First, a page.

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UMass 3, BC 1

Plourde breaks UMass strikeout record

By Marty Dobrow
Globe Correspondent / May 6, 2010

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AMHERST — Standing on the mound in the top of the first inning yesterday against Boston College, Sara Plourde could easily have been pitching for the University of Kentucky. Or Kansas. Or Kutztown State.

For Plourde, the K’s just keep on coming.

The super sophomore for the University of Massachusetts launched a 3-1 victory by striking out the side in the first. The third punchout was an Extra Special K.

When Amy Tunstall was called out to end the inning, Plourde had recorded her 466th strikeout of the year. Not only does that lead all NCAA pitchers, it breaks the 11-year-old school record of the legendary Danielle Henderson, who went on to play for the United States Olympic team.

“This is something I’ve always wanted to do since I was little: go to college, play the best I can,’’ said Plourde.

In raising her record to 33-5, Plourde had — by her high standards — an average game. She surrendered a run on five hits, and struck out nine, almost four below her average. It was still good enough for 20th-ranked UMass (34-7-1) to run its unbeaten streak to 20 games, the longest in the nation.

The key offensive blow came off the bat of batterymate Meghan Carta, who lined a two-run homer in the bottom of the sixth to snap a 1-1 tie. The home run was the team-leading 11th for Carta, who grew up in Middletown, Conn., and played summer ball with Plourde (from Bristol, Conn.) in their teenage years.

“We’ve come up together,’’ said Carta. “I’ve seen her put in so much work and time, and it’s really paid off for her.’’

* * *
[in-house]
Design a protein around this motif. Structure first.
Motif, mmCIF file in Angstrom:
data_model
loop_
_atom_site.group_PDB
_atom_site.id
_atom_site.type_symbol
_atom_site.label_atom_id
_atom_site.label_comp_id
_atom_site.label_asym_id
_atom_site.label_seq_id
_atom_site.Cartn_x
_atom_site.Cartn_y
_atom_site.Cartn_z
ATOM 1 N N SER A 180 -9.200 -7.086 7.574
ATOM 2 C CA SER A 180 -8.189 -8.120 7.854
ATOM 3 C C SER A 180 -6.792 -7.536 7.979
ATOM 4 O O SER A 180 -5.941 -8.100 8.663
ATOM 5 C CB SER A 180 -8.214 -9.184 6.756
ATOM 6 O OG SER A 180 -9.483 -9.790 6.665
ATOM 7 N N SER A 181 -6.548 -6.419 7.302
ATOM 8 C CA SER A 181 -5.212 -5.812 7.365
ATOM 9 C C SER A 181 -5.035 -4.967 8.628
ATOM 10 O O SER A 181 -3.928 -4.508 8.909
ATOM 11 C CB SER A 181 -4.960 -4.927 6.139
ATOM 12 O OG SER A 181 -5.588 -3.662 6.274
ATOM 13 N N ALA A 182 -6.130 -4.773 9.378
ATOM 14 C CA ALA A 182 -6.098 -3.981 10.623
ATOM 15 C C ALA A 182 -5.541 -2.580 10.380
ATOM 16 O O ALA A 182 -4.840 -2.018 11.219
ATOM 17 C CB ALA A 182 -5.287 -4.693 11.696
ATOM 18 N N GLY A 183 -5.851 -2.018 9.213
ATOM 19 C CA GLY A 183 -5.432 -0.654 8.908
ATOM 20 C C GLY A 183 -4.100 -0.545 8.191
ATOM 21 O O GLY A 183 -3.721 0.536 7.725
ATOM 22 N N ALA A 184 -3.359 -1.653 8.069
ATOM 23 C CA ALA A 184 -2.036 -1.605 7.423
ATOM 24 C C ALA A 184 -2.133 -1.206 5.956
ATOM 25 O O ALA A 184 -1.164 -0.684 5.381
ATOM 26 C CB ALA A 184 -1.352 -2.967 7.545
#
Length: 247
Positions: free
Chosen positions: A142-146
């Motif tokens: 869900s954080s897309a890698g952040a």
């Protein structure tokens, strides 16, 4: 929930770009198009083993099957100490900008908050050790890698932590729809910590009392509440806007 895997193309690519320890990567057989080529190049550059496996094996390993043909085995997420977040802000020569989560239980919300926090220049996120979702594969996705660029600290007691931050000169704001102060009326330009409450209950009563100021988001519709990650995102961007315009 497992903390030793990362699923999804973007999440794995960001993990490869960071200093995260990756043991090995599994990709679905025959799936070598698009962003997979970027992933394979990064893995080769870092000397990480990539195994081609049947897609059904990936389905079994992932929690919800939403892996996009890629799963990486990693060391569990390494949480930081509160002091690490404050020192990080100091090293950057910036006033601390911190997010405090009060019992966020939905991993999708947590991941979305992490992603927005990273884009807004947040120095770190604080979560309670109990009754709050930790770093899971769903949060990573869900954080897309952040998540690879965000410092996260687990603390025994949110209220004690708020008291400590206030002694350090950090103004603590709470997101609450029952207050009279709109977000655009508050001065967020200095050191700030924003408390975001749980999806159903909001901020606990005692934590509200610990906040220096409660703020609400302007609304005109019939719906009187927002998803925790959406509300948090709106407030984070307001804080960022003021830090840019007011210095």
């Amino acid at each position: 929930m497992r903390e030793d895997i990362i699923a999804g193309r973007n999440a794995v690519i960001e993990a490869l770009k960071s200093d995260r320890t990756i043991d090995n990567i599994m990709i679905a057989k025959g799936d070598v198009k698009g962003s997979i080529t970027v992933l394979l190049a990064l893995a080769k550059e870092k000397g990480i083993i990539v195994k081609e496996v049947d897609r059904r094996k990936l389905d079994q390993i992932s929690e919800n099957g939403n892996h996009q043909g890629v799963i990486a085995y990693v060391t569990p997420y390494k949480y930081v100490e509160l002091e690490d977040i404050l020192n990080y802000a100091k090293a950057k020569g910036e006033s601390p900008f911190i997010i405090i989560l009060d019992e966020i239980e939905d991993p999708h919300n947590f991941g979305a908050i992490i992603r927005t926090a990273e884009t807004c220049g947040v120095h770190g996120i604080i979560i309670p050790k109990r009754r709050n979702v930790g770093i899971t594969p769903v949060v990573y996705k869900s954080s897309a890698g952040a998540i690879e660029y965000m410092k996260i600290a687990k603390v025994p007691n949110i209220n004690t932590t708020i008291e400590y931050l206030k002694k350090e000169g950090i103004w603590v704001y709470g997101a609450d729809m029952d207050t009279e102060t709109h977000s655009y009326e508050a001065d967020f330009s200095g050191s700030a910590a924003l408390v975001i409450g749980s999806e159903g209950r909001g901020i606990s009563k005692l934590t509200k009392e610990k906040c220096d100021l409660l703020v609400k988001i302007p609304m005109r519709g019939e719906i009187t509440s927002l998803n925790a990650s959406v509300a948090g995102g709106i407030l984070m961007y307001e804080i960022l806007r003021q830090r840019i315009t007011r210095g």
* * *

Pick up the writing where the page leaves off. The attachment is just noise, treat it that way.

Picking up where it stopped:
“She always makes me look good,’’ said Plourde. “I always say, ‘It’s not me, it’s her.’ ’’

In establishing itself as the premier program in the Northeast under longtime coach Elaine Sortino, UMass has earned a reputation for developing stellar pitchers. In the ’90s, that meant Henderson. In the first decade of this century, the dominant force was Brandice Balschmiter.

After Balschmiter’s graduation last year, Sortino knew that Plourde was going to have to develop in a big way if UMass was to stay a nationally prominent program. As a freshman, Plourde had been used sparingly, pitching just 49 2/3 innings and going 6-1 with a 1.83 ERA.

Though Plourde doesn’t have Balschmiter’s lights-out velocity, she became a force this season. Against 22d-ranked Texas A&M March 20, Plourde struck out 22 batters in 8 2/3 innings, allowing just one run on one hit. That hit came with two outs in the ninth, though, and gave the Aggies a 1-0 victory.

A couple of weeks later on April 6, when UMass visited BC, Plourde struck out 20 in a seven-inning, 6-0 victory, allowing just one hit.

BC (15-31) plays in the tough Atlantic Coast Conference. The Eagles had seen some good pitching since the first UMass game, and seemed to adjust pretty well to Plourde. They had a couple of scoring threats, and finally came through in the sixth on an RBI single by Dani Weir that momentarily tied the game.

“I thought they were a lot more patient at the plate and they showed more discipline,’’ said Sortino.

As for her starting pitcher, Sortino shrugged her shoulders: “I thought she was OK today.’’